John Bickel On The Mercury Lane Project.

mercuryBrea’s “Citizen of the Year”, John Bickel was born and raised in Brea, graduated from Brea HS and for 16 years has been a member the Brea Historical Society… President for the last 6 years.

Few people in town devote as much time and energy into local activities or understand local issues better than John. That’s why I’ve ask him to share his correspondence regarding the Mercury Lane Project with the Planning Commission here as a guest blogger.

John’s Message on the Mercury Lane Project.

January 12, 2020

To: Brea Planning Commission & City Staff

Subject: Mercury Apartments Project

I have lived in Brea for my entire life, mostly in the Arovista residential tract where I live today. I have seen this city grow to where it is today. The housing elements are varied and I believe fairly well balanced between attached and detached residences.

My first few years of adulthood placed me in rental units, apartments and houses. In 1977, we were able to purchase a home a stay in Brea. This was an ideal situation for me, since I worked for Unocal in Brea. My commute was 15 minutes.

For many, many years I enjoyed riding a bicycle to and from work. I felt very fortunate to live in the same city where I worked. I had many coworkers who were making long, daily commutes, or renting with others.

The 114 Mercury Apartments will be a good addition to the rental community in Brea. This private project will target the young professional market, of which Brea has many, from firefighters and police officers, engineers, medical and office workers.

Mercury Apartments are not low-income units, they are not subsidized by government and our taxes. They are built near several businesses that have employees who can rent near work and will be very happy to eliminate their daily commute.

We have become a society of valuing time.

Commuting 2 hours a day is not a good use of time.

We’re all concerned with the number of vehicles driving to and through our city at peak times, people heading to work or home. We’ve very little control of traffic with projects in neighboring cities. We have to rely on their project E.I.R. to identify impacts to Breans.

We do have control of our projects and can identify the impacts. This project will encourage people to live here and use alternate means of getting to work. The location is in walking distance to shopping, entertainment and dining, and recreation.

Some people have expressed concerns about insufficient on-site parking. If you look around the city at other apartment complexes, they are all under parked and overflow into the streets and even an adjacent park. I believe with the proper mitigations and a parking management plan, the Mercury project can work to the benefit of all.

Over the holidays I spoke with several of my neighbors. Most knew nothing about this project. Their first reaction was no more low-income rentals. But when I explained more of the project to them, their feelings changed and they became supportive of the project.

I encourage the city staff and this Commission to continue to work with the developer and work towards agreements that make this project, in all respects, a benefit to Brea.

Sincerely.

John Bickel

What a difference when you know what you’re talking about.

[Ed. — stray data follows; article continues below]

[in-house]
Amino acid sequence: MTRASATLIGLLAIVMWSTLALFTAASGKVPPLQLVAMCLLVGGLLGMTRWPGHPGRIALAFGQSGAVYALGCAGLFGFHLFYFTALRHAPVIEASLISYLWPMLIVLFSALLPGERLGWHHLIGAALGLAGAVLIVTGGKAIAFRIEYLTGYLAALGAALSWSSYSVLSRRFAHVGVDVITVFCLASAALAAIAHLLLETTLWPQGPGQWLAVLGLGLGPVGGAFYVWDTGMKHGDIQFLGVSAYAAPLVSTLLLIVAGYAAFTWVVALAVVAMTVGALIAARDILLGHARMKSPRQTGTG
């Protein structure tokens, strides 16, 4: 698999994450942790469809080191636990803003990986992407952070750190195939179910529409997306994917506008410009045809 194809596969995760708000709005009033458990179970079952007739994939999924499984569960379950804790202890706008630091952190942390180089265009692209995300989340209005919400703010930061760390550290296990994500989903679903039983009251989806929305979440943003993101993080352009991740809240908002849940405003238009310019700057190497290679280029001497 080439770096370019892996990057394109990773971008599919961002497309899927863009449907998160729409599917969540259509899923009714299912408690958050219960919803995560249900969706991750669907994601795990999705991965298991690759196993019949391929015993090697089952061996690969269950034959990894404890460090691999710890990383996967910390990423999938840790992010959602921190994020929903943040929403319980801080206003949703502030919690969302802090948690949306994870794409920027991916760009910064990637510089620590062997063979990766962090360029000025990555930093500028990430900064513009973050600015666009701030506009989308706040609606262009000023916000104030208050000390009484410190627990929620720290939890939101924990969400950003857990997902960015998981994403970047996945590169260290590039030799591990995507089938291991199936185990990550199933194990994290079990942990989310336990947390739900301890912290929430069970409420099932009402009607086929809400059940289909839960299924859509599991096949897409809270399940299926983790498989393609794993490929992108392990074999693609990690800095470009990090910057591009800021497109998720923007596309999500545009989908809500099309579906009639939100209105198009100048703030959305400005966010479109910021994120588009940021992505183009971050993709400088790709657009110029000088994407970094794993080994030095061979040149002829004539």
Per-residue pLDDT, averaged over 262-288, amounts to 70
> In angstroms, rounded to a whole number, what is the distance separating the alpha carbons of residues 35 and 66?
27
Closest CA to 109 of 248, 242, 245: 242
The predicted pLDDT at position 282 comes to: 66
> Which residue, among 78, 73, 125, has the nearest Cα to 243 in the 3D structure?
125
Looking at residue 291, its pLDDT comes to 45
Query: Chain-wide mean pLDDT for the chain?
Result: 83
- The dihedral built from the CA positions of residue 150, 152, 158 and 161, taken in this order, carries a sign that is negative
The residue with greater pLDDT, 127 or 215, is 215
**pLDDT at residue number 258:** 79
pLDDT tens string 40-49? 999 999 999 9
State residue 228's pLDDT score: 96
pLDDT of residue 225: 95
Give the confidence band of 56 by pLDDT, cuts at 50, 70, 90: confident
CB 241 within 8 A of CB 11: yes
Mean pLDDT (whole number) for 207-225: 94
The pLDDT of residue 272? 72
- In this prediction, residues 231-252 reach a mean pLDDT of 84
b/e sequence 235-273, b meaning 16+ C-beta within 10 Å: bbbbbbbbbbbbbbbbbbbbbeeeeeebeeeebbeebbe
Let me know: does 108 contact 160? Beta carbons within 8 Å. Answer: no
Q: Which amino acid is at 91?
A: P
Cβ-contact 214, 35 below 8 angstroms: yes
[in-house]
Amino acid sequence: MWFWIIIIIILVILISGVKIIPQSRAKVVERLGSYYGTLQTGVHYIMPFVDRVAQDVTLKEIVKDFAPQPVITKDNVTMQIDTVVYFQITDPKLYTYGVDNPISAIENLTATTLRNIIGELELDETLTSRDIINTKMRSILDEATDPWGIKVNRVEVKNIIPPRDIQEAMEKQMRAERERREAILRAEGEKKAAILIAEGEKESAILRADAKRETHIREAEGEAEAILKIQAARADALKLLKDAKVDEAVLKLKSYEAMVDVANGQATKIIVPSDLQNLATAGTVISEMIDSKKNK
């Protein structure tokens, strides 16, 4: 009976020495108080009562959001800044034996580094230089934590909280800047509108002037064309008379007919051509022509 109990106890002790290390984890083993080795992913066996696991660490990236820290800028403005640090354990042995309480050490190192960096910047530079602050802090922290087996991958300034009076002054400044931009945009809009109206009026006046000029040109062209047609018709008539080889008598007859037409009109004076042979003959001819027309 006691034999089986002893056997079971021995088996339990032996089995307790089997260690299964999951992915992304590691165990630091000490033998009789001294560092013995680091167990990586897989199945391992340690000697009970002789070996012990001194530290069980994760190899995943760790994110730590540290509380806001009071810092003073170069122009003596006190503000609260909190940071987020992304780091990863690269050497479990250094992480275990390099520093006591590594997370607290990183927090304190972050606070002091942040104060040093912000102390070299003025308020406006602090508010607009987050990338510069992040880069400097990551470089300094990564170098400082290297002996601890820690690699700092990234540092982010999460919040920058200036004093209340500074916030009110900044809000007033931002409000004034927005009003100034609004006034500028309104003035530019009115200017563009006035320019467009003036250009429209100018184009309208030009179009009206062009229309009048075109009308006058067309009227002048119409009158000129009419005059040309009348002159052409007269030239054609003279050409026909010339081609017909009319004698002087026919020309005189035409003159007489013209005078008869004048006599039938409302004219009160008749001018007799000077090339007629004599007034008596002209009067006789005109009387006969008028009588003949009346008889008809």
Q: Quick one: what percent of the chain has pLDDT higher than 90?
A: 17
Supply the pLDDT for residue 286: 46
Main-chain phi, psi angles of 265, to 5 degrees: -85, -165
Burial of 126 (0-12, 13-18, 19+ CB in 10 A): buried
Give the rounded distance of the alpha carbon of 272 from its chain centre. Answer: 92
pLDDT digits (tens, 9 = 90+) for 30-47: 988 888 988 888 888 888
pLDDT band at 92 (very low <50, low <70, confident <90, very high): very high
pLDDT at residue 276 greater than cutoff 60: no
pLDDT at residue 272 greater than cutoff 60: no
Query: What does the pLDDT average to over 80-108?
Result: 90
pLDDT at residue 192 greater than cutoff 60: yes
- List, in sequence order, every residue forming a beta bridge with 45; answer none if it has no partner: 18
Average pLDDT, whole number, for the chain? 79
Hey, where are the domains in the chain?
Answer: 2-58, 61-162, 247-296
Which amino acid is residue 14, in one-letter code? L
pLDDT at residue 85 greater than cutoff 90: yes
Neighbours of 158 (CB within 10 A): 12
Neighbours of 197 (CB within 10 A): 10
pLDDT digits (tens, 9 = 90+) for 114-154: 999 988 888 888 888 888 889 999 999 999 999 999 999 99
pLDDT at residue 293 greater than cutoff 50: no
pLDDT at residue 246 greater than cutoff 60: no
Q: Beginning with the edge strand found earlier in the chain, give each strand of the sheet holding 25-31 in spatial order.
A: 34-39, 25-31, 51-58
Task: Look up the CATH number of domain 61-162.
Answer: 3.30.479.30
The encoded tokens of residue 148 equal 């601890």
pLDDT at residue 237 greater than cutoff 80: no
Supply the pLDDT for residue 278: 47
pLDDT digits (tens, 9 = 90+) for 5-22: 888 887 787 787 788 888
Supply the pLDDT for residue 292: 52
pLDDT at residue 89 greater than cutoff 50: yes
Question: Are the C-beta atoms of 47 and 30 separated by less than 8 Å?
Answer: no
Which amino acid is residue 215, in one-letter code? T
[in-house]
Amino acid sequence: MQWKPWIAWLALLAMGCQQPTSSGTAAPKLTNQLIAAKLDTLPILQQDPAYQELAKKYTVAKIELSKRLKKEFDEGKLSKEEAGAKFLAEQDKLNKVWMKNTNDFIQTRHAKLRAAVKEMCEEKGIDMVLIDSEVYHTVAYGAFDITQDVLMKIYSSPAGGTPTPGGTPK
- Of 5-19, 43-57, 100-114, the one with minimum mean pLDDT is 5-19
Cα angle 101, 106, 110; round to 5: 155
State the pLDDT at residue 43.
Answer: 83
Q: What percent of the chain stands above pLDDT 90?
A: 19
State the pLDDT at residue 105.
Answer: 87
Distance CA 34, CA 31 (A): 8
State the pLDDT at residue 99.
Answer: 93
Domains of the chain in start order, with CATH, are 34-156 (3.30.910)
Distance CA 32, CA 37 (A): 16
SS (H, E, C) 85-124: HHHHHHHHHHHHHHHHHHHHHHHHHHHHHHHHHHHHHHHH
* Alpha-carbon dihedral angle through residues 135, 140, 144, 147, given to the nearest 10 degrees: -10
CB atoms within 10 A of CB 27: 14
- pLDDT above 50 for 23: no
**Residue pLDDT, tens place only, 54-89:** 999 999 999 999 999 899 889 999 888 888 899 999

I value John’s opinions, though we have differed at times. I know he has put in the work to know what he’s talking about and his deep love and concern for his hometown is without question.

If just fraction of the folks I see spouting off on Facebook and Nextdoor would take the time and interest John does before attacking their keyboards… and their neighbors… Brea would be a lot different today.

We wouldn’t be facing many of the crisis level issues we are… and I suspect we would have a whole different set of portraits hanging in the Council Chambers.

mercury

Birch Hills Golf Course, A Toxic Blunder.

Title to the Birch Hills Golf course, owned by Union Oil/Chevron since it was built in 1972, was to be transferred to the City of Brea in exchange for being released from the obligation of paying a Parks in Lieu Fee. Who knew what a total nightmare this seemingly simple matter would become?

The pissing contest between Chevron and the City of Brea has consumed over three years in closed sessions, allowed the once popular course to be dramatically reduced in size and to fall into a horrible state of disrepair and finally, last Tuesday, it showed up on Council’s agenda as Consent Item 21.

Consent Item! Bull Sugar!

Consent Calendars are reserved for routine, non-controversial, housekeeping items, or matters the Council has achieved consensus on after previous discussion. Generally, topics that have not been previously discussed by Council should not be put on the consent agenda.

Since the early ‘90’s Staff and Council have been burying critical items on the Consent Calendar to avoid conflicting public opinion. It’s a practice I’ve been fighting for years.

The moment agendas are posted late Friday afternoon, I immediately check the Consent Calendar to see what is getting swept under the rug at the next meeting. I find dubious items virtually every time, the Birch Hills matter is a prime example.

Why Pull The Item For Discussion? 

Three years in the making and this multi-million dollar city asset was being acquired like a thief in the night, with no provision for discussion. Again, bull sugar.

Well over a hundred pages of complicated legal documents, with 14 attachments, were handed off to Council Friday evening and they… we all… had 97 hours to digest and research or corroborate it all.

Thankfully there were several folks willing to attempt the task.